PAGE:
The Opera House in Minsk, Belarus, is officially named the National Academic Grand Opera and Ballet Theatre of the Republic of Belarus, but most just call it the Bolshoi Theatre. Originally completed in 1939, the venue was subsequently renovated and reopened in 2009. During the renovation, sculptures were added inside and around the grounds, the stage was slightly moved, modern lighting and audio-visual equipment were installed, and seating was increased. Today the facility hosts ballets, operas, concerts, chamber music, singing competitions, children’s performances, and even a New Year’s Ball. Read More
These days, Belarus is a truly European country, but emerge from the Metro onto Independence Square in Minsk and you would be forgiven for thinking you’d been transported to Russia. Construction on the square began in 1964, well before the breakup of the Soviet Union, and in some ways it perfectly reflects the Russian penchant for function over form. First, the square is immense. It was designed for rallies, ceremonies, and military parades. Second, a number of monumental buildings scream Soviet Brutalist style, including the high-rise Belarusian State University (left in the above photo) and the former Supreme Soviet of Belarus (now the Supreme Council of Belarus), in the center of the photo. Read More
As I often do when visiting a new country for the first time, I asked a number of people I met in Kiev what one thing best describes Ukrainians. Without exception, they all proclaimed, “We want to be free.”
My first foray into the city center reinforced what I’d been told. At Independence Square, a giant mural proclaimed “Freedom is our Religion!” The Square, which locals refer to as “Maidan,” was ground zero for the 2013/14 Ukrainian Revolution that ousted the corrupt Communist regime. Not only had the freedom fighters succeeded, but Maidan had been given a shiny new face. Of the destruction and fires that had raged through the square three years earlier, not a single sign remained.
I was impressed. Ukrainians seemed passionately devoted to the pursuit of freedom. But my bubble burst when I sat down in a cute little French cafe just steps off the Maidan. Within moments, the twenty-something Ukrainian woman seated at the adjacent table began selling her soul. Her lunch companion, a Cuban-American man who had traveled to Ukraine to meet what are commonly referred to as mail order brides, spent the better part of the next hour interviewing the woman. Was she attracted to him? Could she see herself in a committed relationship with him? She tossed her long fire-engine red hair and answered flippantly, “No,” and, “No.” Carlos (not his real name), realizing this was not the soul mate he had hoped for, spent the balance of the “date” asking his companion to share what she knew about the mail order brides scam in Ukraine. Fascinated, I eavesdropped as she obliged. Read More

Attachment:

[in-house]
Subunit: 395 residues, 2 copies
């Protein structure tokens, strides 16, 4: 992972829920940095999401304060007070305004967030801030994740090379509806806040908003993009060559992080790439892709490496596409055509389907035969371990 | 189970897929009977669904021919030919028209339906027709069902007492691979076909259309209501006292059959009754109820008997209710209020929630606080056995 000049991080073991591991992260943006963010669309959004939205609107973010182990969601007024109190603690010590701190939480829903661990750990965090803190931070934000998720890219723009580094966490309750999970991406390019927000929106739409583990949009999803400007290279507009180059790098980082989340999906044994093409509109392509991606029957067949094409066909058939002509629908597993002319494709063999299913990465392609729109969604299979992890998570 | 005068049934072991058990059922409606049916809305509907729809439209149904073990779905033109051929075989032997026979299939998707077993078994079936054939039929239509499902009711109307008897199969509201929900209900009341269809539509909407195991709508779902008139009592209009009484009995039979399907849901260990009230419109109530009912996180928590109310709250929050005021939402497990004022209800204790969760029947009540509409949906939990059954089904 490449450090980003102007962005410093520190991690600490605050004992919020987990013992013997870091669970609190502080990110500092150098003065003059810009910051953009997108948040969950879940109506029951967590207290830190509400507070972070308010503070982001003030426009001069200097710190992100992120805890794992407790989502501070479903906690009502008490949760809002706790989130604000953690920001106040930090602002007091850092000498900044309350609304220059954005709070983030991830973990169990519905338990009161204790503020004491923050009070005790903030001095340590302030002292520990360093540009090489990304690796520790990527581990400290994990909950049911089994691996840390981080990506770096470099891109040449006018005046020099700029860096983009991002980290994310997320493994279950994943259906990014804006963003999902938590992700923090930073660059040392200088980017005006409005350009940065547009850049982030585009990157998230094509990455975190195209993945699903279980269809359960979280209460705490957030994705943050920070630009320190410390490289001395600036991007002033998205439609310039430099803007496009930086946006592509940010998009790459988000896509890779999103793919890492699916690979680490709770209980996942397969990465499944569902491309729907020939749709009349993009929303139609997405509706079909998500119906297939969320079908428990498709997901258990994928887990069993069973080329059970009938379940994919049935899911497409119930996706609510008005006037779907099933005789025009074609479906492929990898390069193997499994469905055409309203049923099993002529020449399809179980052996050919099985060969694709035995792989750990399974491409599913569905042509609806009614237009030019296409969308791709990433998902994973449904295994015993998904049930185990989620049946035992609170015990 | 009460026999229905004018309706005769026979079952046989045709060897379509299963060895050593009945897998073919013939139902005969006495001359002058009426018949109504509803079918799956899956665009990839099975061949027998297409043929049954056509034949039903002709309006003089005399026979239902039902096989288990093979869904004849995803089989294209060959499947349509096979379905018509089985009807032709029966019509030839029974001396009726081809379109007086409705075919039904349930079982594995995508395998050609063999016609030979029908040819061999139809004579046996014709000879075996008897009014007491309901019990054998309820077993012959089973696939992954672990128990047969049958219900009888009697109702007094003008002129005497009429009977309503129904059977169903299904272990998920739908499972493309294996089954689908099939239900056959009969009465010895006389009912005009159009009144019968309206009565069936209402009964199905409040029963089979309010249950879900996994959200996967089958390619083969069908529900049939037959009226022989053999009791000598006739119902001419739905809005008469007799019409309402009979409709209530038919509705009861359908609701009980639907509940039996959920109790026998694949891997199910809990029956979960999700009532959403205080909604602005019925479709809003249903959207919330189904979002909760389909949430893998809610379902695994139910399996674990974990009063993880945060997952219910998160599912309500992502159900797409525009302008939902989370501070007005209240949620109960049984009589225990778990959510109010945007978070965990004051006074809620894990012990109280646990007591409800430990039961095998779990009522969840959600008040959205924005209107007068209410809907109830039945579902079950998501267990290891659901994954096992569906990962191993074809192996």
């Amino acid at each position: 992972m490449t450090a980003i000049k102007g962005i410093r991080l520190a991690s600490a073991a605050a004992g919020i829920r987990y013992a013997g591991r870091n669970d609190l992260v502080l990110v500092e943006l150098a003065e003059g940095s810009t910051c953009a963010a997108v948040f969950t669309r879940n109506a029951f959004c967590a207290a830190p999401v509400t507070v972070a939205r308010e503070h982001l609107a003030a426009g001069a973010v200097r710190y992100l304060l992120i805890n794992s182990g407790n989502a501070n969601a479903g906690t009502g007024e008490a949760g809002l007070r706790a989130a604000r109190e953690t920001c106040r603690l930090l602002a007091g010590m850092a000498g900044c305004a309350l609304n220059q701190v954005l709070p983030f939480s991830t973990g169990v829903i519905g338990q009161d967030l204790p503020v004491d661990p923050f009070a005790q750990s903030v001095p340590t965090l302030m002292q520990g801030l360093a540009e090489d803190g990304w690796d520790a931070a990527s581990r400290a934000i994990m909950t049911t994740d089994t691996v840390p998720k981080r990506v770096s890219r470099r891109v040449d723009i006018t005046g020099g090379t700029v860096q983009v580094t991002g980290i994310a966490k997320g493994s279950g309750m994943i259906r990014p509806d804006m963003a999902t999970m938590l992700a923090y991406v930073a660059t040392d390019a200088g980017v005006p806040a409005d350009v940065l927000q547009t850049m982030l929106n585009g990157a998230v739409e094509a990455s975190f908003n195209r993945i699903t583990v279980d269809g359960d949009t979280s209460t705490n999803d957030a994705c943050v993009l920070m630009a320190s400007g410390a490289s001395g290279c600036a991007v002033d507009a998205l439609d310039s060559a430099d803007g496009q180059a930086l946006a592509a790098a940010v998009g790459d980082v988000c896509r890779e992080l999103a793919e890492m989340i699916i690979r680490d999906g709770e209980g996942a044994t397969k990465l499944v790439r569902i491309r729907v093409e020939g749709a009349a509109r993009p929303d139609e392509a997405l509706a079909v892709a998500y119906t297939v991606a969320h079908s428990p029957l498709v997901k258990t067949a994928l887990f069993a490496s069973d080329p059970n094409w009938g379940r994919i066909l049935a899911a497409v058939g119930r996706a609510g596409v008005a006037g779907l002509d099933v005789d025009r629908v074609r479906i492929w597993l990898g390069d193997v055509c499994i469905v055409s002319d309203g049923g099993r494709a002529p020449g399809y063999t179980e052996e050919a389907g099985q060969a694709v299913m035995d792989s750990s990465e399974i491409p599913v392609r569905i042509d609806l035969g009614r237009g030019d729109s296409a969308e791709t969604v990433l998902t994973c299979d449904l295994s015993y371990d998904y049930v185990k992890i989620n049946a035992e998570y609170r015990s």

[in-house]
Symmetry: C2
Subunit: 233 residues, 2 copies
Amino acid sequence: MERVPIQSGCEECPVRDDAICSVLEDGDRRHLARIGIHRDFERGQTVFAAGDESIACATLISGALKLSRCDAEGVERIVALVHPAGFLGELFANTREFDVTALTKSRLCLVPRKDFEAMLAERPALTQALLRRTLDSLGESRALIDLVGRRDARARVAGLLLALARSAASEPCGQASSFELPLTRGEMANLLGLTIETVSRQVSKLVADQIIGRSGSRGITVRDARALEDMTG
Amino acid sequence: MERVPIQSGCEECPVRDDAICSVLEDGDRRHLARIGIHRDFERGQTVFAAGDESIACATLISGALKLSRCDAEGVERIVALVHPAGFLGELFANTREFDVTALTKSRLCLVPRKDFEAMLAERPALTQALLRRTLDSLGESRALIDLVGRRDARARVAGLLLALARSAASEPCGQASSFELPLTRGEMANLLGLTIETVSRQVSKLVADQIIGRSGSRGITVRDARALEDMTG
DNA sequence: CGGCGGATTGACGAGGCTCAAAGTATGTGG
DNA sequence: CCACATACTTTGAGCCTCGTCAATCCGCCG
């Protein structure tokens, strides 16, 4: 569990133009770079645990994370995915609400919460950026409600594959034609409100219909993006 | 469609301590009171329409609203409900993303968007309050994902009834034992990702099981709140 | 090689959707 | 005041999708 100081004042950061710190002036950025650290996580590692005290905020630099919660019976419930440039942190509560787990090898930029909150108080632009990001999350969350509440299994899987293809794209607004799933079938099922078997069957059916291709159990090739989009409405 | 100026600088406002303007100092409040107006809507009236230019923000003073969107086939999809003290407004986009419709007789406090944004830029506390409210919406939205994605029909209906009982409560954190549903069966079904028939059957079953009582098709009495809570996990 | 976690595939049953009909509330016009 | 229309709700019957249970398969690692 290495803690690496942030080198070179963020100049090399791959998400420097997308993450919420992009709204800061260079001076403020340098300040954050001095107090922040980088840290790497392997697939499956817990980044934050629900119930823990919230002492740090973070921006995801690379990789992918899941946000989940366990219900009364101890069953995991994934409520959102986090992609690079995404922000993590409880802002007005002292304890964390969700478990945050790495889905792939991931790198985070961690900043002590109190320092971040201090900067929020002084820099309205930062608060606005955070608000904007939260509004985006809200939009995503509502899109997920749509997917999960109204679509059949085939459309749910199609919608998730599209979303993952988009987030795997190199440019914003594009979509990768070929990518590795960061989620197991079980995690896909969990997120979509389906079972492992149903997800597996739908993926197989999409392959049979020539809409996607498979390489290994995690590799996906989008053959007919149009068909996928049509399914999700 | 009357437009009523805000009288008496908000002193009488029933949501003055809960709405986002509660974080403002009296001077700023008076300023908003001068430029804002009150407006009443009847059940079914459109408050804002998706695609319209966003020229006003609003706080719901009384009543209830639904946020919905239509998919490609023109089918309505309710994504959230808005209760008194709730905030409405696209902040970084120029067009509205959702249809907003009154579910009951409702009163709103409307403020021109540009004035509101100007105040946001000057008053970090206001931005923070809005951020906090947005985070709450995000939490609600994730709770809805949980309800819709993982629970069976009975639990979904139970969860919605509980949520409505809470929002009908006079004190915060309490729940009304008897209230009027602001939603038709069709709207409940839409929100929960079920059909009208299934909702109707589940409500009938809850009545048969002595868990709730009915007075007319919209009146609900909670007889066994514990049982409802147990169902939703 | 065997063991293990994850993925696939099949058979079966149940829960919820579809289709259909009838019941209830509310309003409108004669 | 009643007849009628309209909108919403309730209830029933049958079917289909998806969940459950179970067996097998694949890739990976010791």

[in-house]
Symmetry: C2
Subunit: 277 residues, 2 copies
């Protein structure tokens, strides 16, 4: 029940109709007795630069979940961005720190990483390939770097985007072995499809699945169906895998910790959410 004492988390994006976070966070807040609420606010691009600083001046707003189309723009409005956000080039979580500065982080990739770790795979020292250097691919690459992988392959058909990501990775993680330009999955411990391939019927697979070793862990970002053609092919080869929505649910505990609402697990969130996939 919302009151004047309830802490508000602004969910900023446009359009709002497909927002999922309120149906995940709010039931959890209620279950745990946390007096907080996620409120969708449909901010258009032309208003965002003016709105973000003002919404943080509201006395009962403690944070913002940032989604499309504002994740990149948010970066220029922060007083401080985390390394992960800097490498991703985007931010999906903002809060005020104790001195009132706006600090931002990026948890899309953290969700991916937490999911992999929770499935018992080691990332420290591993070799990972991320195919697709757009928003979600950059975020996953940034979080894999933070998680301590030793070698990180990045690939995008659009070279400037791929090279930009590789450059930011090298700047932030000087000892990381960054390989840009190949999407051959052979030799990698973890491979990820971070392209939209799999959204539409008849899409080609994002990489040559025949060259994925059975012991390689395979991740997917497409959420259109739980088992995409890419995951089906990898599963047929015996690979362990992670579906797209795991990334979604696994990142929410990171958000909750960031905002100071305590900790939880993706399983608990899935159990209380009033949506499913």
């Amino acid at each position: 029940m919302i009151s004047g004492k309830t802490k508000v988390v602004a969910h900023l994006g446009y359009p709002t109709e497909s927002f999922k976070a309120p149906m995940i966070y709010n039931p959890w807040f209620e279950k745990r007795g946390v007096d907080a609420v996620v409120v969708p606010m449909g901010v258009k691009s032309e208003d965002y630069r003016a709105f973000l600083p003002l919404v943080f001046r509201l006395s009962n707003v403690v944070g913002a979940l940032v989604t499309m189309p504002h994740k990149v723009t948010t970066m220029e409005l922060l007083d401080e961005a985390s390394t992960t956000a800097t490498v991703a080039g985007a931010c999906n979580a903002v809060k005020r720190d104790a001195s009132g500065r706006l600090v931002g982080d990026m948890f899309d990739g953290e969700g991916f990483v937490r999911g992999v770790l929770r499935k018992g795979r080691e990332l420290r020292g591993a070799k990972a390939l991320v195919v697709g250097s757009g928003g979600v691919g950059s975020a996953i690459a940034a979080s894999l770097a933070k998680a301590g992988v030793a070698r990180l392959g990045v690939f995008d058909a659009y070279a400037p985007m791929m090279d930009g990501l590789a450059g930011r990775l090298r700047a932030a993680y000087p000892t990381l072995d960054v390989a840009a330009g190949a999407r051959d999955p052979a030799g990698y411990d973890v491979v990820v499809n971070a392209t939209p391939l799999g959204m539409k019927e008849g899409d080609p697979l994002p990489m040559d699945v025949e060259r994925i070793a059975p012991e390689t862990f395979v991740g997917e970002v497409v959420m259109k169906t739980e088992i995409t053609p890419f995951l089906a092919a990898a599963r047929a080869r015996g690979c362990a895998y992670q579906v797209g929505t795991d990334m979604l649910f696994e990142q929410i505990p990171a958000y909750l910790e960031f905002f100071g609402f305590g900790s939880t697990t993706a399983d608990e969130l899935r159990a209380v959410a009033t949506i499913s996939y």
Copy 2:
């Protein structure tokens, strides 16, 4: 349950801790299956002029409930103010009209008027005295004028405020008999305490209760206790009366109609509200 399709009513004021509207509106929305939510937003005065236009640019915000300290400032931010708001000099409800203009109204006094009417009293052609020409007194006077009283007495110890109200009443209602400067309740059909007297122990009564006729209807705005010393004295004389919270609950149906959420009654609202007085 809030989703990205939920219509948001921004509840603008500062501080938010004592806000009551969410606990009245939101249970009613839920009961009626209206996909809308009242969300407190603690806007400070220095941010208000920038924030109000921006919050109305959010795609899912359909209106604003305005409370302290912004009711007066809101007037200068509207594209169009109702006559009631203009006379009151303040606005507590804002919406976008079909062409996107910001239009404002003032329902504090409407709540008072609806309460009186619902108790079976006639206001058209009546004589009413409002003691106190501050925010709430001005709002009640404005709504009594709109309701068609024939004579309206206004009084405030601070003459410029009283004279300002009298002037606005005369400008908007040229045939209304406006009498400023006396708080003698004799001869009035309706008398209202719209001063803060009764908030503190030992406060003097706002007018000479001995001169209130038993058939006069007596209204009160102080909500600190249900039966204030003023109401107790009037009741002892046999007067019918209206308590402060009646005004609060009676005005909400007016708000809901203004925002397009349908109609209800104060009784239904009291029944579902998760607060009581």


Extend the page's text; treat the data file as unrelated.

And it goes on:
I stood at the top of the Potemkin Stairs in Odessa, Ukraine, and contemplated the hike down. No problem, I thought. It looks like a lot of landings and very few steps. I started down but soon realized there were way more steps than I originally thought. Fifty, 100, 150…was I ever going to reach the bottom? Finally I reached the last step, 192, and turned to look backup the staircase. From the bottom it looked like a single staircase with no landings! Had I first seen it from the bottom, I might have decided to ride the Funicular down instead of walking. The Potemkin Stairs in Odessa were purpose built to create an optical illusion. The top step is 41 feet wide and the bottom step is 70.8 feet wide. As a result, a person looking down sees only the landings, while a person looking up sees only steps. Because this photo looks down from the harbor, both the steps and landings are visible. Read More
When UNESCO turned an eye toward Ukraine, the first site they chose to inscribe as a World Heritage Site was the magnificent Saint Sophia Cathedral in Kiev. In somewhat of a departure, UNESCO opted to inscribe Saint Sophia along with the monastic complex of Kiev-Pechersk Lavra as a single site, even though they are two separate complexes at two different locations. Saint Sophia Cathedral is located in the historic city center, while Kiev-Pechersk Lavra is some distance away, on a plateau overlooking the Dnieper River. Read More
Not so long ago, traveling as a vegetarian or vegan was a challenge. Fortunately, in recent years vegetarianism and veganism have become more mainstream, thus an increasing number of restaurants cater to those of us who do not eat meat. Unfortunately, quantity does not always mean quality. I have suffered through some meals that were borderline inedible. But during a recent trip to Italy, I was delighted to discover two exceptional vegan and vegetarian restaurants in Milan.
Mantra Raw Vegan Restaurant
Marina Dell’Utri, owner of Mantra Raw Vegan Restaurant was born and raised in Milan. After completing secondary school, she moved to California to pursue a degree in Marine Biology. During her time in the States, she noticed that everyone was selling cold pressed juices. On a day when she was not feeling well, she bought a six pack of the juices to detox. At the same time, she also began doing Yoga. Read More